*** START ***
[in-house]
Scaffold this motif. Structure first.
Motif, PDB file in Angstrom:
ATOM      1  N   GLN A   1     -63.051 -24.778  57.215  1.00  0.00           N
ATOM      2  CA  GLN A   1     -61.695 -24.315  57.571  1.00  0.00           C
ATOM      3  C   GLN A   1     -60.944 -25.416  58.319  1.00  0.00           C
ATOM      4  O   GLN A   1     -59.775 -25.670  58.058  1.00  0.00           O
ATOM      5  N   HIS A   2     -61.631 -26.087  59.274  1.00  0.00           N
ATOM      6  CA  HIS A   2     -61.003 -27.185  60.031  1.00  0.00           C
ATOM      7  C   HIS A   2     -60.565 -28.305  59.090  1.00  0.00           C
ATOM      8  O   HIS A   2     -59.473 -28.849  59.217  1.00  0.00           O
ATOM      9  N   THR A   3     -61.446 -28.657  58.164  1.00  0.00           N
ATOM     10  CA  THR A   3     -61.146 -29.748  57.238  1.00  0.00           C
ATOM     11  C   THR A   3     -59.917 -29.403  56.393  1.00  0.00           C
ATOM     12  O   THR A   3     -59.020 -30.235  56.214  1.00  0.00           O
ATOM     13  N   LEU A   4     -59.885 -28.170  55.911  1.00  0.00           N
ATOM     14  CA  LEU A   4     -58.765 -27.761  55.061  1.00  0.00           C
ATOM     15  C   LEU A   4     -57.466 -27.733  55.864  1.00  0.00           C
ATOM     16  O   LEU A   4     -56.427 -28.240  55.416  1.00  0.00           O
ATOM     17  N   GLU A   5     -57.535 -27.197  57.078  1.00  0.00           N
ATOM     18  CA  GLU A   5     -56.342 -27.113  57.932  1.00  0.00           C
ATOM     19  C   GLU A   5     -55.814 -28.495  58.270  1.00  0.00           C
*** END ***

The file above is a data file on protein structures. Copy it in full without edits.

[in-house]
Scaffold this motif. Structure first.
Motif, PDB file in Angstrom:
ATOM      1  N   GLN A   1     -63.051 -24.778  57.215  1.00  0.00           N
ATOM      2  CA  GLN A   1     -61.695 -24.315  57.571  1.00  0.00           C
ATOM      3  C   GLN A   1     -60.944 -25.416  58.319  1.00  0.00           C
ATOM      4  O   GLN A   1     -59.775 -25.670  58.058  1.00  0.00           O
ATOM      5  N   HIS A   2     -61.631 -26.087  59.274  1.00  0.00           N
ATOM      6  CA  HIS A   2     -61.003 -27.185  60.031  1.00  0.00           C
ATOM      7  C   HIS A   2     -60.565 -28.305  59.090  1.00  0.00           C
ATOM      8  O   HIS A   2     -59.473 -28.849  59.217  1.00  0.00           O
ATOM      9  N   THR A   3     -61.446 -28.657  58.164  1.00  0.00           N
ATOM     10  CA  THR A   3     -61.146 -29.748  57.238  1.00  0.00           C
ATOM     11  C   THR A   3     -59.917 -29.403  56.393  1.00  0.00           C
ATOM     12  O   THR A   3     -59.020 -30.235  56.214  1.00  0.00           O
ATOM     13  N   LEU A   4     -59.885 -28.170  55.911  1.00  0.00           N
ATOM     14  CA  LEU A   4     -58.765 -27.761  55.061  1.00  0.00           C
ATOM     15  C   LEU A   4     -57.466 -27.733  55.864  1.00  0.00           C
ATOM     16  O   LEU A   4     -56.427 -28.240  55.416  1.00  0.00           O
ATOM     17  N   GLU A   5     -57.535 -27.197  57.078  1.00  0.00           N
ATOM     18  CA  GLU A   5     -56.342 -27.113  57.932  1.00  0.00           C
ATOM     19  C   GLU A   5     -55.814 -28.495  58.270  1.00  0.00           C